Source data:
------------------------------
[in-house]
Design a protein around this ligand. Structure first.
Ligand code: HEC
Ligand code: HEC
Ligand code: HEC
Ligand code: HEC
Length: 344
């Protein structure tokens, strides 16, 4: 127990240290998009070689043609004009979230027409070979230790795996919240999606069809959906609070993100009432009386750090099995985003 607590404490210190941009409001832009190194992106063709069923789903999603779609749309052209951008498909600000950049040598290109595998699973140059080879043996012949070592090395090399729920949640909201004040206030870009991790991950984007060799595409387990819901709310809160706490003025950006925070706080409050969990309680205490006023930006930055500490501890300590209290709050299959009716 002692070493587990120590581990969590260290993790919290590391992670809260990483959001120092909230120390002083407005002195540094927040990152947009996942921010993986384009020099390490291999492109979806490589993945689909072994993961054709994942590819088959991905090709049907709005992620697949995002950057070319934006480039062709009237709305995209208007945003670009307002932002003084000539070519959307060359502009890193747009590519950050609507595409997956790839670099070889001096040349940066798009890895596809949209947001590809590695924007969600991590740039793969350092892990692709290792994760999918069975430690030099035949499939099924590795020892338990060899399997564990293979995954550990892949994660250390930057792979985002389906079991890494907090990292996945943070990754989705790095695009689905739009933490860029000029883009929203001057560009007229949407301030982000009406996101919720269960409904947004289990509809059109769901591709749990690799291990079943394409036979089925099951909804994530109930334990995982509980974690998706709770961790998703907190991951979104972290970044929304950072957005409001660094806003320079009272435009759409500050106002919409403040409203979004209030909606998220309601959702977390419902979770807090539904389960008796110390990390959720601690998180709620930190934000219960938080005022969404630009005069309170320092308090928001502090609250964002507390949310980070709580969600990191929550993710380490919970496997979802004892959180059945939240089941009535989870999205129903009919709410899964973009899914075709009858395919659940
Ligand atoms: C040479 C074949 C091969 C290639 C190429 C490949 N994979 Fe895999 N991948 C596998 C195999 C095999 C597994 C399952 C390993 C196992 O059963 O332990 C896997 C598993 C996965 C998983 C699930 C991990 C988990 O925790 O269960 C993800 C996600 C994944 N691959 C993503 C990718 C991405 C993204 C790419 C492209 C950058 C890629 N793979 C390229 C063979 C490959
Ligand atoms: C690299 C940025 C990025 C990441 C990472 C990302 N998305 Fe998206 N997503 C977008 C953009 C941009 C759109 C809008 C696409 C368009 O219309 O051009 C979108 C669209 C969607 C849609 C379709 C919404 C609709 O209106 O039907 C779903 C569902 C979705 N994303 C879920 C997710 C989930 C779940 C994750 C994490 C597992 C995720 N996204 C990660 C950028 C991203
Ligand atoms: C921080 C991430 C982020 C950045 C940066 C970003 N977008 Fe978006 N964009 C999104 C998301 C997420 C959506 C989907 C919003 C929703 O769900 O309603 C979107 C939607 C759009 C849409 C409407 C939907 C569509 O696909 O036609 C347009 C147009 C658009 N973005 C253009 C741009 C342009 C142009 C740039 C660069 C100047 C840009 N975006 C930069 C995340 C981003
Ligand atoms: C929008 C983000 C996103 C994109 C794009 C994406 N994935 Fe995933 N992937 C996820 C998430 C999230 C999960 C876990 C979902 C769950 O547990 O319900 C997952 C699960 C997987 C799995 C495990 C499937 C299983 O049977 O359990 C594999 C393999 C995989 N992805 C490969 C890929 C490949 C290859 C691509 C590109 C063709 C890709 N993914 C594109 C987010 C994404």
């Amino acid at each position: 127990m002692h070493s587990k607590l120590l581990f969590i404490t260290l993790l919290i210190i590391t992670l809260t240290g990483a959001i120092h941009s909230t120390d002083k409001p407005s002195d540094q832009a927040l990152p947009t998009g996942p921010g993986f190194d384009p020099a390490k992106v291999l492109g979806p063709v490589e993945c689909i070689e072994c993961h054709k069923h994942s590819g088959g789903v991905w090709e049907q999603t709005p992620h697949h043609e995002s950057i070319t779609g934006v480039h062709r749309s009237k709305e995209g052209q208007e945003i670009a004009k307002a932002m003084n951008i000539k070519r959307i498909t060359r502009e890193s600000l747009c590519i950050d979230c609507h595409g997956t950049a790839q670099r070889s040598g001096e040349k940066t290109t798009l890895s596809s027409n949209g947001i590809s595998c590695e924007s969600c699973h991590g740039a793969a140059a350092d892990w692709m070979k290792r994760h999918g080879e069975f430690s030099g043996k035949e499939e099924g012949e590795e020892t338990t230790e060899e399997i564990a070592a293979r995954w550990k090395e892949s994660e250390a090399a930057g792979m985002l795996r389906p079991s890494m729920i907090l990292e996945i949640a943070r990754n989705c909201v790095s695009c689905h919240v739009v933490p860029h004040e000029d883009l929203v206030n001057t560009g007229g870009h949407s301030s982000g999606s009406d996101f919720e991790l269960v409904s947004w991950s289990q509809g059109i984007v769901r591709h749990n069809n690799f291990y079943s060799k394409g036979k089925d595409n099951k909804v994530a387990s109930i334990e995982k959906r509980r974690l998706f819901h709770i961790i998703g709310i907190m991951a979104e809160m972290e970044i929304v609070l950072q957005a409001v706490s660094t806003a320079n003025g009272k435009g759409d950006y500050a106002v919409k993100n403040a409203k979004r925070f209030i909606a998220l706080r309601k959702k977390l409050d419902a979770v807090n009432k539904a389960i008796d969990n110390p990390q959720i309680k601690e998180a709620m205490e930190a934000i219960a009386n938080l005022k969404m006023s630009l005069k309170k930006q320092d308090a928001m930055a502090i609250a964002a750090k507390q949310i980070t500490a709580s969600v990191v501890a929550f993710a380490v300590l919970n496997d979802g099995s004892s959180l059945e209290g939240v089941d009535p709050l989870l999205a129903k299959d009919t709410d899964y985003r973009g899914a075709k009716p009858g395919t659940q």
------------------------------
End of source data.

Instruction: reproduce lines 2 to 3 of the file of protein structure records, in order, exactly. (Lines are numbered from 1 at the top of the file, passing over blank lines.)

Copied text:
Design a protein around this ligand. Structure first.
Ligand code: HEC